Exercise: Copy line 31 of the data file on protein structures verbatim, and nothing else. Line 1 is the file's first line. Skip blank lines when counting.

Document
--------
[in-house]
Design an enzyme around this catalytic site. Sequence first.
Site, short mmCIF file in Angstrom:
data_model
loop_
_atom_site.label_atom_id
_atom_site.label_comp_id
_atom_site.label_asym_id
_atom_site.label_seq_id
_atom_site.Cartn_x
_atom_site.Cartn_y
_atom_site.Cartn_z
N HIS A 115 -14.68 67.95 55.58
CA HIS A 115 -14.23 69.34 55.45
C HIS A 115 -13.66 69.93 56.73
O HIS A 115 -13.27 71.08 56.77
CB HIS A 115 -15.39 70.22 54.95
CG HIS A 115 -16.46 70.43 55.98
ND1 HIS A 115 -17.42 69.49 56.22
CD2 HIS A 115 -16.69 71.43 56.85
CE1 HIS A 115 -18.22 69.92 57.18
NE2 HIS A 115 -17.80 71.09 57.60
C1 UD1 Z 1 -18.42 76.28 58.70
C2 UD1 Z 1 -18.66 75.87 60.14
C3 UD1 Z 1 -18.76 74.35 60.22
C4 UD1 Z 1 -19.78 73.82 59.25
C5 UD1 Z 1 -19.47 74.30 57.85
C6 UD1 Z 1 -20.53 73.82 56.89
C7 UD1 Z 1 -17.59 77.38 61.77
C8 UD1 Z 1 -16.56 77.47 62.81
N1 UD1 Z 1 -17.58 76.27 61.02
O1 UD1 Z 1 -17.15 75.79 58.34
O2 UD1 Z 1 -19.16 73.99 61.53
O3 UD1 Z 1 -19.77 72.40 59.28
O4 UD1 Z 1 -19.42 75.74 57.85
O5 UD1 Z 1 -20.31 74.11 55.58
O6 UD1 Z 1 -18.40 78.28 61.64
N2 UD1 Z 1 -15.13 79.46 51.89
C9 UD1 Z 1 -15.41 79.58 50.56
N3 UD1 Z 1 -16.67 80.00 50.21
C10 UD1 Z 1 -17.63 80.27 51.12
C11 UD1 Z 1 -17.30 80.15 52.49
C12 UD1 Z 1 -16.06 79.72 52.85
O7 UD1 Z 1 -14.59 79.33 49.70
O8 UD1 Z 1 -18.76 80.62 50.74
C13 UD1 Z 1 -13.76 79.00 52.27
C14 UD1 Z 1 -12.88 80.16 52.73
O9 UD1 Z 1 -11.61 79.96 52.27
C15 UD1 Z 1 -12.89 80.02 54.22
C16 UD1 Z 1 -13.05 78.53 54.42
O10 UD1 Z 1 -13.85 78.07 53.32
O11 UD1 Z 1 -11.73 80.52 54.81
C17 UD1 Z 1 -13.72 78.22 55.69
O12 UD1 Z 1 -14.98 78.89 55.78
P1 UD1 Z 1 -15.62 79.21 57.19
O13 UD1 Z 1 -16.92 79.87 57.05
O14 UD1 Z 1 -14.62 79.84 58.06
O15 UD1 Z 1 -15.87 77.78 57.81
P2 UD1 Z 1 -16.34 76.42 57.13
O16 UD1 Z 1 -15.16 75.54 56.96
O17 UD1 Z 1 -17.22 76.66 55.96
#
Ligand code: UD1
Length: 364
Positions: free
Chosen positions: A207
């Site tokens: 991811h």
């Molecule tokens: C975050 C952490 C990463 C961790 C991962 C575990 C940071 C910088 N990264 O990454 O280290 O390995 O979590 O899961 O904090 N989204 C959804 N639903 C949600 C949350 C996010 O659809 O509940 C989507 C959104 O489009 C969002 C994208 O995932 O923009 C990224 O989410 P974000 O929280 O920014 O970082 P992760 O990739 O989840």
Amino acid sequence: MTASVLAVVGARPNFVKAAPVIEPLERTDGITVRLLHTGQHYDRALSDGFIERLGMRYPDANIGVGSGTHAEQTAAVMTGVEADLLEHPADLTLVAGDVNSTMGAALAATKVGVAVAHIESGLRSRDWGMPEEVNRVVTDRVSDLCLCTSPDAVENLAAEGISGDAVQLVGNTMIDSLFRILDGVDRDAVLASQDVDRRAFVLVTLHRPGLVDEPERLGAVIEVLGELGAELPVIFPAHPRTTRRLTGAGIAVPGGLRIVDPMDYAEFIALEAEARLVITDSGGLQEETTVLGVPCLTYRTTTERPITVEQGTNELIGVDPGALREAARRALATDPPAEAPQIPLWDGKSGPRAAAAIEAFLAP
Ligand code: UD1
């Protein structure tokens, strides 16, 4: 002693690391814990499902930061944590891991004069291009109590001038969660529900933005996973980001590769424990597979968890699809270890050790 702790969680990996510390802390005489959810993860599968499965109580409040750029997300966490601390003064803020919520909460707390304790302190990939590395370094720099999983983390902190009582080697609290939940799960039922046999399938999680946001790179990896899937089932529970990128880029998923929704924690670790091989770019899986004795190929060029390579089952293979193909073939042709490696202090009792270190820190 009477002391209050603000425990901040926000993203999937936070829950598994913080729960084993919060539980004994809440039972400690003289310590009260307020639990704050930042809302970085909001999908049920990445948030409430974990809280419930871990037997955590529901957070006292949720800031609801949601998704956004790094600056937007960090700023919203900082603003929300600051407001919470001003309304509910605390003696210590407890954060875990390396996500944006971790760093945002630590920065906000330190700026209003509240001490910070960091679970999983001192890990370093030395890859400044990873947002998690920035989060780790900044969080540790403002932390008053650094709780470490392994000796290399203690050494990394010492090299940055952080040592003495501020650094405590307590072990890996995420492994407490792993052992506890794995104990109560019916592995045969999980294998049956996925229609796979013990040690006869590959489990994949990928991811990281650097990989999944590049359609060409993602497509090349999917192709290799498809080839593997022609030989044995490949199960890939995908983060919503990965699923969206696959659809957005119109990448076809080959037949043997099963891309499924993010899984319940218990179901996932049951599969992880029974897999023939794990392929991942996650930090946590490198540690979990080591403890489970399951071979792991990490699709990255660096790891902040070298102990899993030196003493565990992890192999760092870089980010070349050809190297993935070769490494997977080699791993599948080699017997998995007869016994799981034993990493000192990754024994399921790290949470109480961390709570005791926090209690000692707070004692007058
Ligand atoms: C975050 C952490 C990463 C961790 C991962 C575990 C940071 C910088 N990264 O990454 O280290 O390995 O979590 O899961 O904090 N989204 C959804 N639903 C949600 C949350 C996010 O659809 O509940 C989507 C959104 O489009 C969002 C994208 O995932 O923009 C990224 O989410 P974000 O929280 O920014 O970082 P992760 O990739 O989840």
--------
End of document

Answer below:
N1 UD1 Z 1 -17.58 76.27 61.02